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panpolyqueergeek

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Everything posted by panpolyqueergeek

  1. I think a solution that is easy to track, and empowers and encourages players without adding too many new mechanics is to make a pool of temporary Story Points that is only good for the combat, and increases in size every round (rate determined by how fast/deadly you want combat to be). Points spent from these pools are discarded, not transferred to the GM pool (or maybe they are?). At the end of combat, any remaining unspent temporary Story Points are discarded.
  2. TIL that advocating for the existence of gay, trans, and colored folks is an "adversarial issue"
  3. It's more likely than you think.
  4. I was able to pick one up on eBay for a reasonable price. The only other listing I could find is in Australia with ridiculous shipping rates to the US. I recommend setting up an eBay alert.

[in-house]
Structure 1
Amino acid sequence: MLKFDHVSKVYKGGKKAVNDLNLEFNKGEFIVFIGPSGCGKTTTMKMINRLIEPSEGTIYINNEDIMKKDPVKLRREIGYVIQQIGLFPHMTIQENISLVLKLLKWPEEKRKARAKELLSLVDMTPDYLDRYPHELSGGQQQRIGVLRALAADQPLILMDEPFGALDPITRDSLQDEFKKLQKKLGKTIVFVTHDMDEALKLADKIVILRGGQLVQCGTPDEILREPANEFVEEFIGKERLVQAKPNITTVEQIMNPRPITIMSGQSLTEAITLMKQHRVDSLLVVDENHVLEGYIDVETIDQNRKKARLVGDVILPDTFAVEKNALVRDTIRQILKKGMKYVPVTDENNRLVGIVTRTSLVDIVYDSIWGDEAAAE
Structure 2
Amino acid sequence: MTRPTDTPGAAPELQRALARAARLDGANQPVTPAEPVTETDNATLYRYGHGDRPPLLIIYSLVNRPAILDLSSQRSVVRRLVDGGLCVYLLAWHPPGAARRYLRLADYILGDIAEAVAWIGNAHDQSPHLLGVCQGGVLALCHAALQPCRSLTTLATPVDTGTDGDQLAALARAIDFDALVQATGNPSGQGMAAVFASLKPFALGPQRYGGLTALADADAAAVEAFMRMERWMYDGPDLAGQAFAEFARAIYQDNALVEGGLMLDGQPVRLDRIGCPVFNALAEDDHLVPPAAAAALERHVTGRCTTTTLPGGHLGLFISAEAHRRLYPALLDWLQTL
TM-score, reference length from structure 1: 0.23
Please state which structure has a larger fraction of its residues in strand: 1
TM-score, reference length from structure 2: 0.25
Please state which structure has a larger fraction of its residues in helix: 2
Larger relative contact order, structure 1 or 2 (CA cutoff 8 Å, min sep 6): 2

5. Funny you should mention Cyberpunk CCG. The Cyberpunk CCG, as well as the first edition of Netrunner published in 1996 by WotC, were both set in R.Talsorian Games' Cyberpunk 2020 tabletop RPG setting. The term "Netrunner" comes from the "hacker" class in the RPG. My theory behind the license not getting renewed is based on CD PROJEKT RED's upcoming Cyberpunk 2077 game (also based on R.Talsorian Games' Cyberpunk 2020 setting). Gwent, the in-universe CCG in CDPR's The Witcher 3, became popular enough to spawn a standalone free-to-play game. I think WotC intends to either simultaneously re-release Netrunner in the Cyberpunk 2077 universe alongside the video game as either an IRL CCG (again), an in-game CCG (ala Gwent), or a standalone video game (also ala Gwent). One of those, or some combination of the three. Or maybe I'm wrong. I dunno, I feel like it def has something to do with Cyberpunk 2077, and FFG will not have the opportunity to get near the Cyberpunk license.
  6. "Threats lead to bickering. Bickering leads to time stealing. Time stealing leads to... being arrested by Time Cops."